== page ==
If you are a Product Manager, understanding the bugs in you and your colleague’s brains may hinder your roadmap. A common bug is bias.
In an earlier post in this series, we hinted at biases in product decisions – these are manifold and critical to understand because any one may be a game-changer for product-market fit. So in later posts we’ll share some ideas/tools on Prioritization but this post covers the brain mechanics that bias our decisions.
We’ve all heard about “confirmation bias” but here is the wikipedia entry on hundreds of cognitive biases. A popular example from many eastern and western cultures is “full moon makes people crazy” – this may be statement of fact or it might be confirmation bias. In fact biases are part of our daily life and culture itself is an in-group bias based on conditioning and genetic capabilities (dogs hear better than humans).
But check out this diagram below, you can’t hope to know all biases operating on you and your team but you want to have operational discipline to not let them run your roadmap. i
The categories of:
- What should we remember
- Too much information
- Not enough meaning
- Need to act fast
are good ways to break down the large volume of biases. The outer ring gives example of how the brain optimizes and as a result is buggy and subject to exploit or irrational behaviour.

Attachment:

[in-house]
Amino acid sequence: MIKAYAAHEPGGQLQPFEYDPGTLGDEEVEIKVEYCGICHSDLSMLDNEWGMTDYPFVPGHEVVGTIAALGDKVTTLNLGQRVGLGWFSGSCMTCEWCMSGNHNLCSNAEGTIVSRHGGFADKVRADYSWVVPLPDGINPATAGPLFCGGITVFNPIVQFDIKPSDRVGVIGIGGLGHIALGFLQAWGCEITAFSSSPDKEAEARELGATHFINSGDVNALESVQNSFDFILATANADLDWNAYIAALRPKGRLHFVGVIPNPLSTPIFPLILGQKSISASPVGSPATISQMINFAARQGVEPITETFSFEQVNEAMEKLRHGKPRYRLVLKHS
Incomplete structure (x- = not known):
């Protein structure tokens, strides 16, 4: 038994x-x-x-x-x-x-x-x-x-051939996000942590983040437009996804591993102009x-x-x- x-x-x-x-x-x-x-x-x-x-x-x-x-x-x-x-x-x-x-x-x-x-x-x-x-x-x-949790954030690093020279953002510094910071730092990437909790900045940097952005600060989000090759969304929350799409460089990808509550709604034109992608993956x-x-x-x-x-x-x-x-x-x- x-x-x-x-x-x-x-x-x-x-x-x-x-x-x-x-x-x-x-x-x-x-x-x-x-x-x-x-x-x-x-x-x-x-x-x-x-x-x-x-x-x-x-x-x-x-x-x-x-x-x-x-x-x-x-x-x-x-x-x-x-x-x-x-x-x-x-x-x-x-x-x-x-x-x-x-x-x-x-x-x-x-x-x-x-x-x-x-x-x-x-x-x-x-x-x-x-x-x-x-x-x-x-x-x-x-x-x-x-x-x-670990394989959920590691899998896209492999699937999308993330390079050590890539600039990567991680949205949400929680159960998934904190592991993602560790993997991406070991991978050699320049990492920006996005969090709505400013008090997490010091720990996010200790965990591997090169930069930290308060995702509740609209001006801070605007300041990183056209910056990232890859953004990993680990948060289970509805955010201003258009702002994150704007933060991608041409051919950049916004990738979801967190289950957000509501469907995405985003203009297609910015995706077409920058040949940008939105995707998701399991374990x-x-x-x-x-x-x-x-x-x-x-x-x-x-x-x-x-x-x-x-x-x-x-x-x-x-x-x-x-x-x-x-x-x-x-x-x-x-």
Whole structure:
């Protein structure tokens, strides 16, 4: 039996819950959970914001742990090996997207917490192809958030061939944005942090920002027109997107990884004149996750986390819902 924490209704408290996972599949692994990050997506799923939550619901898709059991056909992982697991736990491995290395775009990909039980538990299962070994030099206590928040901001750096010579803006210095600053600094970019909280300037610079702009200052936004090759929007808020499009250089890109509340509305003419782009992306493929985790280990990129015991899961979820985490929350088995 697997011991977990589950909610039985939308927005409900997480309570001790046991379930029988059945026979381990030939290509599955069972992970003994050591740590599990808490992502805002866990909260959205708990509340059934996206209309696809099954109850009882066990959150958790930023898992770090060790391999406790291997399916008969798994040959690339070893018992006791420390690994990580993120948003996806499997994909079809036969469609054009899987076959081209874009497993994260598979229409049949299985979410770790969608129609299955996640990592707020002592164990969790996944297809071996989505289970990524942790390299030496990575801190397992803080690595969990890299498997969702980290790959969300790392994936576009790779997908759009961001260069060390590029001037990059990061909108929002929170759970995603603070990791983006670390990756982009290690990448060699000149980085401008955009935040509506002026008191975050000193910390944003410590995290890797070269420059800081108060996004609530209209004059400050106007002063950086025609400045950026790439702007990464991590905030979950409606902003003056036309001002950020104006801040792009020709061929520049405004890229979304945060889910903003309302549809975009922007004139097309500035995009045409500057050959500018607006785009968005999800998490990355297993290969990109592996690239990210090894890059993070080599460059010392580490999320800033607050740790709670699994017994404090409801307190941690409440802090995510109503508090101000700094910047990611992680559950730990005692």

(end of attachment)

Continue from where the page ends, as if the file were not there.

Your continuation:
I recently attended a “bias in the workplace” (“Inclusive Leadership”) workshop and its intriguing to note that biases are brain shortcuts – simply put the brain is designed to conserve energy and sugar which are all necessary for primal survival.
How Bias affects roadmap
So the following examples are common, you may recognize you’ve experienced a few yourself.
- The CEO or Founder thinks Feature X is important
- A favorite customer pressures to you directly about a bug or feature
- Features trump bugs
- “One more feature and we will have product-market fit”
- the best ideas are my ideas
- “don’t validate with your mother”, “data sample of one”
- “the team has put their heart and soul into this”
There are lots of different biases and left to our buggy brains and lack of formalized tools we will make roadmap decisions that may sound well justified but often biased.
An Antidote to Bias: RICE
Some Product Managers advocate this method to reduce bias in roadmap planning. The mnemonic stands for:
Reach – number of people/events per time period (e.g customers per quarter)
Impact – (e.g For each customer who sees it, this will have a huge impact. The impact score is 3)
Confidence – (e.g The reach and impact may be lower than estimated, and the effort may be higher. This project gets a 50% confidence score.)
Effort – a number of “person-months” (This will take about a week of planning, 1-2 weeks of design, and 2-4 weeks of engineering time. I’ll give it an effort score of 2 person-months.)
I’ll dig a little deeper in the next post about this in practice. We’ll also look at JTBD again. Even a brief nod to OKRs is a relevent element of a Product Manager’s armory.